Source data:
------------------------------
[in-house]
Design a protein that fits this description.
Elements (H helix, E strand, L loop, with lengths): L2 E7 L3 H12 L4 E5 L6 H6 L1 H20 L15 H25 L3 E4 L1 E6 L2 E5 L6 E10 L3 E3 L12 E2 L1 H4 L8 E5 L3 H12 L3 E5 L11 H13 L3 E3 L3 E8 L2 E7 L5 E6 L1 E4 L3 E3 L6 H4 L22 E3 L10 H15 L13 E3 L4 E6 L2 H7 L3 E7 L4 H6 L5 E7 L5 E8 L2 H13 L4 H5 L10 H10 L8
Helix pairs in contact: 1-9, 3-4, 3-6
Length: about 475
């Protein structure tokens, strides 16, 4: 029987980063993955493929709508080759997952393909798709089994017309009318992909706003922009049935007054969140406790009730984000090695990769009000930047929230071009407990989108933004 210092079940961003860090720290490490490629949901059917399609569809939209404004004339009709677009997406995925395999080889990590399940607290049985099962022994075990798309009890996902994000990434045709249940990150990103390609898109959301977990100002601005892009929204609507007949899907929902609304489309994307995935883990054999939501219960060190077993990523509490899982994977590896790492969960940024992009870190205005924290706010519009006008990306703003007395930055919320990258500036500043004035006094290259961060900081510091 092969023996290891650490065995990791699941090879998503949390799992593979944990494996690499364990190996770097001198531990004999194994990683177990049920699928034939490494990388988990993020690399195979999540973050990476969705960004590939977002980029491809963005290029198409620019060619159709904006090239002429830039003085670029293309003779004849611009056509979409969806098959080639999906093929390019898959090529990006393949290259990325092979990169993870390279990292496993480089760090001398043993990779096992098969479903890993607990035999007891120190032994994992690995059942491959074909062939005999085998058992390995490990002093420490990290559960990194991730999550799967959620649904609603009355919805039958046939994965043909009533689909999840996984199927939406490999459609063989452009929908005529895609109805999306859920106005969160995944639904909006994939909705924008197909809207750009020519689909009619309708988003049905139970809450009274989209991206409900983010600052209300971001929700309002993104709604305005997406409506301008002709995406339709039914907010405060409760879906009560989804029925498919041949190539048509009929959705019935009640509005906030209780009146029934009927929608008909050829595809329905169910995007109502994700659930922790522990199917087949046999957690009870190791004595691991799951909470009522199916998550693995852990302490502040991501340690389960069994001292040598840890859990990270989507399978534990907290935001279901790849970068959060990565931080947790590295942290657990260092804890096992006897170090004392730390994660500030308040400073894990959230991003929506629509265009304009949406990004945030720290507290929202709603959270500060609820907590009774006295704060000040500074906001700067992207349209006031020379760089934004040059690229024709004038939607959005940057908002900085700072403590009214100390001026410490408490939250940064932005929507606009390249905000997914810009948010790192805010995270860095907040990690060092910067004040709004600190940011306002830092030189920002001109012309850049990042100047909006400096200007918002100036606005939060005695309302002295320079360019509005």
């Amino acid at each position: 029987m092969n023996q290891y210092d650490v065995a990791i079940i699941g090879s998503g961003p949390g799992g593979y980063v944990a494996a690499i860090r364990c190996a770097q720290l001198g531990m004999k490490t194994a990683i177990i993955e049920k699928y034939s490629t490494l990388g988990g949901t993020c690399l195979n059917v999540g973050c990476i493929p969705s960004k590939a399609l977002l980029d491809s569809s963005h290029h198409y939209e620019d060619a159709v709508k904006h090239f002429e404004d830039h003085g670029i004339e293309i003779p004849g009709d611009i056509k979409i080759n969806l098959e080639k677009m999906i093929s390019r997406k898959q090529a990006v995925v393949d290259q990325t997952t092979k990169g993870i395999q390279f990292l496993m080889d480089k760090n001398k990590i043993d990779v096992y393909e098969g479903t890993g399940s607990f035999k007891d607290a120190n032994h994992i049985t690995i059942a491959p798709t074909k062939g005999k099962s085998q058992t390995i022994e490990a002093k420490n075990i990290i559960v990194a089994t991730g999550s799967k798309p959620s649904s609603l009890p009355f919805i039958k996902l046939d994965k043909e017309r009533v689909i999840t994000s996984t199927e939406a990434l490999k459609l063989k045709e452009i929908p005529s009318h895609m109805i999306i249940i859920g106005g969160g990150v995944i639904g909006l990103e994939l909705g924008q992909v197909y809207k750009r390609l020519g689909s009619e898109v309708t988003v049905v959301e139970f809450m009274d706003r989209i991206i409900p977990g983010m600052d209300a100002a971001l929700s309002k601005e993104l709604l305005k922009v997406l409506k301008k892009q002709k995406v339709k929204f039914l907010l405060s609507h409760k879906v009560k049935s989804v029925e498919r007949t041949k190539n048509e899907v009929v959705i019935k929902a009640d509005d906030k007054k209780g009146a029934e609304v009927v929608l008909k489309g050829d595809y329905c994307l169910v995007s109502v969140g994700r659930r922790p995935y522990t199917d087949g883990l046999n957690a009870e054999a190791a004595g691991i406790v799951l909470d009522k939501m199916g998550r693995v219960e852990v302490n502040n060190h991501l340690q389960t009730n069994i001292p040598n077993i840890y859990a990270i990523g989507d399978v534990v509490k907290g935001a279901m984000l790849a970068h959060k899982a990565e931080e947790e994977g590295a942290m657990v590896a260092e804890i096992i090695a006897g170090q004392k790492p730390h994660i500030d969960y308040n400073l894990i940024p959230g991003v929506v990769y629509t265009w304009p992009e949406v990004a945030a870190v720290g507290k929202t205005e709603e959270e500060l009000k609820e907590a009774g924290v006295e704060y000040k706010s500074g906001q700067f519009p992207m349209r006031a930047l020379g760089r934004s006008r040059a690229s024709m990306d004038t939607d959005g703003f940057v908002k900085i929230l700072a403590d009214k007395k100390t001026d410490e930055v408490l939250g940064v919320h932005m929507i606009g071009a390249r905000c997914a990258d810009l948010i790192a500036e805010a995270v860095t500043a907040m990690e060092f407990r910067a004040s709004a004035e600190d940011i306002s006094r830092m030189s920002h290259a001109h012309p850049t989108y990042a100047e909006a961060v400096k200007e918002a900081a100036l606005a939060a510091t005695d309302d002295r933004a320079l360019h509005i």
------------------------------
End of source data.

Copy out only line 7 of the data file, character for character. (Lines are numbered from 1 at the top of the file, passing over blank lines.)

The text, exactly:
């Amino acid at each position: 029987m092969n023996q290891y210092d650490v065995a990791i079940i699941g090879s998503g961003p949390g799992g593979y980063v944990a494996a690499i860090r364990c190996a770097q720290l001198g531990m004999k490490t194994a990683i177990i993955e049920k699928y034939s490629t490494l990388g988990g949901t993020c690399l195979n059917v999540g973050c990476i493929p969705s960004k590939a399609l977002l980029d491809s569809s963005h290029h198409y939209e620019d060619a159709v709508k904006h090239f002429e404004d830039h003085g670029i004339e293309i003779p004849g009709d611009i056509k979409i080759n969806l098959e080639k677009m999906i093929s390019r997406k898959q090529a990006v995925v393949d290259q990325t997952t092979k990169g993870i395999q390279f990292l496993m080889d480089k760090n001398k990590i043993d990779v096992y393909e098969g479903t890993g399940s607990f035999k007891d607290a120190n032994h994992i049985t690995i059942a491959p798709t074909k062939g005999k099962s085998q058992t390995i022994e490990a002093k420490n075990i990290i559960v990194a089994t991730g999550s799967k798309p959620s649904s609603l009890p009355f919805i039958k996902l046939d994965k043909e017309r009533v689909i999840t994000s996984t199927e939406a990434l490999k459609l063989k045709e452009i929908p005529s009318h895609m109805i999306i249940i859920g106005g969160g990150v995944i639904g909006l990103e994939l909705g924008q992909v197909y809207k750009r390609l020519g689909s009619e898109v309708t988003v049905v959301e139970f809450m009274d706003r989209i991206i409900p977990g983010m600052d209300a100002a971001l929700s309002k601005e993104l709604l305005k922009v997406l409506k301008k892009q002709k995406v339709k929204f039914l907010l405060s609507h409760k879906v009560k049935s989804v029925e498919r007949t041949k190539n048509e899907v009929v959705i019935k929902a009640d509005d906030k007054k209780g009146a029934e609304v009927v929608l008909k489309g050829d595809y329905c994307l169910v995007s109502v969140g994700r659930r922790p995935y522990t199917d087949g883990l046999n957690a009870e054999a190791a004595g691991i406790v799951l909470d009522k939501m199916g998550r693995v219960e852990v302490n502040n060190h991501l340690q389960t009730n069994i001292p040598n077993i840890y859990a990270i990523g989507d399978v534990v509490k907290g935001a279901m984000l790849a970068h959060k899982a990565e931080e947790e994977g590295a942290m657990v590896a260092e804890i096992i090695a006897g170090q004392k790492p730390h994660i500030d969960y308040n400073l894990i940024p959230g991003v929506v990769y629509t265009w304009p992009e949406v990004a945030a870190v720290g507290k929202t205005e709603e959270e500060l009000k609820e907590a009774g924290v006295e704060y000040k706010s500074g906001q700067f519009p992207m349209r006031a930047l020379g760089r934004s006008r040059a690229s024709m990306d004038t939607d959005g703003f940057v908002k900085i929230l700072a403590d009214k007395k100390t001026d410490e930055v408490l939250g940064v919320h932005m929507i606009g071009a390249r905000c997914a990258d810009l948010i790192a500036e805010a995270v860095t500043a907040m990690e060092f407990r910067a004040s709004a004035e600190d940011i306002s006094r830092m030189s920002h290259a001109h012309p850049t989108y990042a100047e909006a961060v400096k200007e918002a900081a100036l606005a939060a510091t005695d309302d002295r933004a320079l360019h509005i």